Alvarez to PCSO: Stop small town lottery or face Ombudsman complaint

Mara Cepeda
Alvarez to PCSO: Stop small town lottery or face Ombudsman complaint
'Alam 'nyo, 'wag na tayong magbolahan. Naghahanap lang kayo ng justification para sa jueteng!' Speaker Pantaleon Alvarez tells the chairperson of the Philippine Charity Sweepstakes Office during a House probe

MANILA, Philippines – The Philippine Charity Sweepstakes Office (PCSO) came under fire from Speaker Pantaleon Alvarez, who alleged that small town lottery (STL) operations are being used as a front for the illegal numbers game jueteng.

During the House games and amusement committee’s probe into illegal gambling on Monday, February 13, Alvarez told PCSO Chairman Jose Jorge Corpuz to stop operating STL or the House of Representatives will be forced to file a complaint against them before the Office of the Ombudsman.  

Alvarez first asked the PCSO if their charter allows them to issue licenses and franchises to STL agents. 

Lawyer Annaliza Inciong, PCSO legal department manager, said this is not true.

“The PCSO does not issue licenses or franchises to STL corporations. They are our agents like lotto agents. They are partners,” she explained. 

Corpuz also cited Republic Act Number 1169, which confers upon the PCSO “the power to hold and conduct charity sweepstakes, races, lotteries and other similar activities in [a] national scale.”

A visibly peeved Alvarez then told the PCSO chairman that STL operations are not national in scale. 

“‘Yung binibigay ‘nyong STL, national scale ba ‘yan? Provincial scale ‘yung bola ‘nyo diyan. Alam ‘nyo, ‘wag na tayong magbolahan. Naghahanap lang kayo ng justification para sa jueteng!” said Alvarez.

(The STL operations you’re operating, is that national in scale? Your operations there are provincial in scale. You know, let’s stop fooling ourselves. You’re just looking for a justification for jueteng!)

“We are now telling you that what you are doing is illegal. Congress is the one that gives you your charter. At saka kami mismo ang nagsasabi sa inyo na mali ‘yung ginagawa ‘nyo dahil ‘yan ay wala sa charter ‘nyo. Dapat itigil ‘nyo ‘yan, unless gusto ‘nyong mahabla sa Ombudsman for doing the things that you are not authorized [to do] (We are telling you now that what you are doing is wrong because it’s not in your charter. You should stop that now, unless you want to face a complaint before the Ombudsman for doing the things you are not authorized to do),” he added.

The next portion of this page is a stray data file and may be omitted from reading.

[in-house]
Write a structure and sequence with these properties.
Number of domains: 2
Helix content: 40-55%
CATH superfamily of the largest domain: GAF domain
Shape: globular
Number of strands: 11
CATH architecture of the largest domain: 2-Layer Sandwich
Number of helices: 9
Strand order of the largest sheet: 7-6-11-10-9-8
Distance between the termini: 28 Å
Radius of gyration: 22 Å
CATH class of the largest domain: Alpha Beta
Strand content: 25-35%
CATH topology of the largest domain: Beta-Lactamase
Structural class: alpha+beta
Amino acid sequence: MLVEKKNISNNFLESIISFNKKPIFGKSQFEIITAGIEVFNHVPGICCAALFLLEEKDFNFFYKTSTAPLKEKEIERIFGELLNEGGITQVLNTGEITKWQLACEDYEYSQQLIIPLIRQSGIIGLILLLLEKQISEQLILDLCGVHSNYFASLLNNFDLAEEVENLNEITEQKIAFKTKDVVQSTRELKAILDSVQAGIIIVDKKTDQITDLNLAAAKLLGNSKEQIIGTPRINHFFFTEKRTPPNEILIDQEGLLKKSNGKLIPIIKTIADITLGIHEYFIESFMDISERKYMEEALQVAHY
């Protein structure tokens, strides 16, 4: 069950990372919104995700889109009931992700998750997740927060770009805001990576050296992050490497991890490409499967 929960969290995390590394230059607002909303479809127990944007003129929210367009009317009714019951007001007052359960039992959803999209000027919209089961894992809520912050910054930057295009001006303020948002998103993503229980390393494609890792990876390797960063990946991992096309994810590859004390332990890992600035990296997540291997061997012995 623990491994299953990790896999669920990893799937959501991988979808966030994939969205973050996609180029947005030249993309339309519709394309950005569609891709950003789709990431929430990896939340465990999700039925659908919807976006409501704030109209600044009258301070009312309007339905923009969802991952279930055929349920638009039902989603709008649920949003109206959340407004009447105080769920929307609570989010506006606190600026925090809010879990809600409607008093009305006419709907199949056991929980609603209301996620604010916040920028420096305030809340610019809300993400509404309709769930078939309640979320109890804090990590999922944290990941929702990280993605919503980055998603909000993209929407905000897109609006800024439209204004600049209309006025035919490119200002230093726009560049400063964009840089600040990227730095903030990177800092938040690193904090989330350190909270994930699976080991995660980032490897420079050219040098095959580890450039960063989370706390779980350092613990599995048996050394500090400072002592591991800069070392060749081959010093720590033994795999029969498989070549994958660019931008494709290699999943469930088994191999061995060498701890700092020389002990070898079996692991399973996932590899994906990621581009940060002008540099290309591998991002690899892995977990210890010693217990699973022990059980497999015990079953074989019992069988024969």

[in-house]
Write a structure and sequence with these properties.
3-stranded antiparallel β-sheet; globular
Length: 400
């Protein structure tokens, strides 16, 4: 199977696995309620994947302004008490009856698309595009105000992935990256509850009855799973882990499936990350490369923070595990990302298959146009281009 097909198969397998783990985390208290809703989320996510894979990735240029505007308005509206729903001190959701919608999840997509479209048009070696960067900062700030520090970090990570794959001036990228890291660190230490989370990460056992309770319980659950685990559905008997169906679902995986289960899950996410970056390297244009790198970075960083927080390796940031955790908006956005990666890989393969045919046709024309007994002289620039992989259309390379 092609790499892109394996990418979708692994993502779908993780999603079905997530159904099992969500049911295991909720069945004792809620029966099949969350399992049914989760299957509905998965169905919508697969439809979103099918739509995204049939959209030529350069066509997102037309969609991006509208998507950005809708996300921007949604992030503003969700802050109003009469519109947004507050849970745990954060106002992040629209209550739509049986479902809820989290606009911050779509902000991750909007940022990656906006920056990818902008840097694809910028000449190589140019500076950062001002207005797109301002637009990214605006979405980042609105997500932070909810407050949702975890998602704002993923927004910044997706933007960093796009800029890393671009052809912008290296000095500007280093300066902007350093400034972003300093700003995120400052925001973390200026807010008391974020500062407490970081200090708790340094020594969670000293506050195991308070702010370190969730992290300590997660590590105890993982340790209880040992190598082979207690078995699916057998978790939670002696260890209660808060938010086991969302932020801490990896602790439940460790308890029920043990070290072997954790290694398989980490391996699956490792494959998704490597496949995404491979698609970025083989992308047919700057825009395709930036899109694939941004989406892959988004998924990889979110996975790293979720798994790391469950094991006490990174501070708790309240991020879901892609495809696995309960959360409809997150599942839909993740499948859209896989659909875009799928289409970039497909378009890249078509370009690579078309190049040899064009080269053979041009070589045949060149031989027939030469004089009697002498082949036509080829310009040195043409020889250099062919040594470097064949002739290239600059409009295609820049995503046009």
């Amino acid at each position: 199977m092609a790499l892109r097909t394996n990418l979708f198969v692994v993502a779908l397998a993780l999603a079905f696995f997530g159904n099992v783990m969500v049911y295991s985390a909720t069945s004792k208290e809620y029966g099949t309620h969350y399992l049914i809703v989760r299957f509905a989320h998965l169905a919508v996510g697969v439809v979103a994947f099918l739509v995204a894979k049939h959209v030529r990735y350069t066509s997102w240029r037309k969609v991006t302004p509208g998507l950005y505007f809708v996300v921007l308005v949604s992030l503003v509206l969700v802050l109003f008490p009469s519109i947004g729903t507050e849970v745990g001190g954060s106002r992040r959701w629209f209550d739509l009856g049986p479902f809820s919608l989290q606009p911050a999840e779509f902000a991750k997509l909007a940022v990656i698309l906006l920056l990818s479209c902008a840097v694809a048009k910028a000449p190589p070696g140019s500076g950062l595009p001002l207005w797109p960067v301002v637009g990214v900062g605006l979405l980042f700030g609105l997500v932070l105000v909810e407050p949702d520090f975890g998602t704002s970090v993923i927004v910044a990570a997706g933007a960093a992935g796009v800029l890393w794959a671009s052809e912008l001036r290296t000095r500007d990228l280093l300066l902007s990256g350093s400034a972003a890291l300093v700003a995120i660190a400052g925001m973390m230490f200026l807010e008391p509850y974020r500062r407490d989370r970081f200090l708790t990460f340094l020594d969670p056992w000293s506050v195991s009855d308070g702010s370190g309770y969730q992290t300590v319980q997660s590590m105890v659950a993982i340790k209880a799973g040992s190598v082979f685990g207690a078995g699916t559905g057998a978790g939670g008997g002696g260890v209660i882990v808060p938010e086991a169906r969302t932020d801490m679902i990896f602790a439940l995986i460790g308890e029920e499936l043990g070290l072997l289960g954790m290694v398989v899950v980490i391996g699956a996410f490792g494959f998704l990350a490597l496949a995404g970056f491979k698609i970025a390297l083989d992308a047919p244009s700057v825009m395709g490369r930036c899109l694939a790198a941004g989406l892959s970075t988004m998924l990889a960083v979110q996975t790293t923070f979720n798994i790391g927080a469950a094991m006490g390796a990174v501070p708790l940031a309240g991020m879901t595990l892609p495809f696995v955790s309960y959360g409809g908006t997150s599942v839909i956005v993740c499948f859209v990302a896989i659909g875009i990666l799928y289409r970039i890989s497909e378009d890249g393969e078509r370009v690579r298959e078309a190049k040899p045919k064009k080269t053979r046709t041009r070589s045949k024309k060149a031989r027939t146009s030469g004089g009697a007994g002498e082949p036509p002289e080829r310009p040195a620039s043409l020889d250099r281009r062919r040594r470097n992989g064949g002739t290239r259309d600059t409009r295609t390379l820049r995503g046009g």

Past administrations came up with STL to combat jueteng. The idea was to have lottery operations that are registered with the government, so taxes are collected and bribes to authorities are avoided.

Reports have surfaced over the years, however, that there are some jueteng lords who also bagged STL franchises. 

Justice Secretary Vitaliano Aguirre II earlier said Malacañang already created a task force to look into STL operations – specifically those which are not paying the right taxes. (READ: Gov’t shortchanged? PCSO imposes up to P300M monthly bond on STL operators)

PCSO ‘bows to the desire of Congress’

THE CONCESSION. Philippine Charity Sweepstakes Office Chairman Jose Jorge Corpuz concedes after the grilling by Speaker Pantaleon Alvarez. Photo by Mara Cepeda/Rappler

Games and amusement panel chairperson Gus Tambunting then asked Corpuz if they would agree to amend the PCSO’s charter.

The PCSO chairman agreed, but he did not elaborate on what provisions should be changed concerning the PCSO’s operations.

“Noon pa ho kailangan ma-amend charter ng PCSO (Even before, there was already a need to amend the PCSO’s charter). Allocation of charity fund [is] one. The purpose of PCSO needs to be widened properly at saka ‘yung other games (and the other games), if we can conduct other games,” he said.

Corpuz also maintained the legality of STL and said that government revenues for the year are projected to reach almost P28 billion. (READ: PCSO mulls small town lottery expansion to boost funds)

But Alvarez did not buy this, saying, “Payments in terms of billions of pesos will never legalize what is illegal.”

Corpuz then replied that the PCSO will “bow to the desire of Congress.”

“That’s why, your honors, like I said earlier, we bow to the desire of Congress. So if you want to amend the mandate of PCSO, [we will agree]. Yes, one of your observations is to change the game plan. PCSO is okay. We bow to the desire of Congress,” he said. –

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Mara Cepeda

Mara Cepeda specializes in stories about politics and local governance. She covers the Office of the Vice President, the Senate, and the Philippine opposition. She is a 2021 fellow of the Asia Journalism Fellowship and the Reham al-Farra Memorial Journalism Fellowship of the UN. Got tips? Email her at or tweet @maracepeda.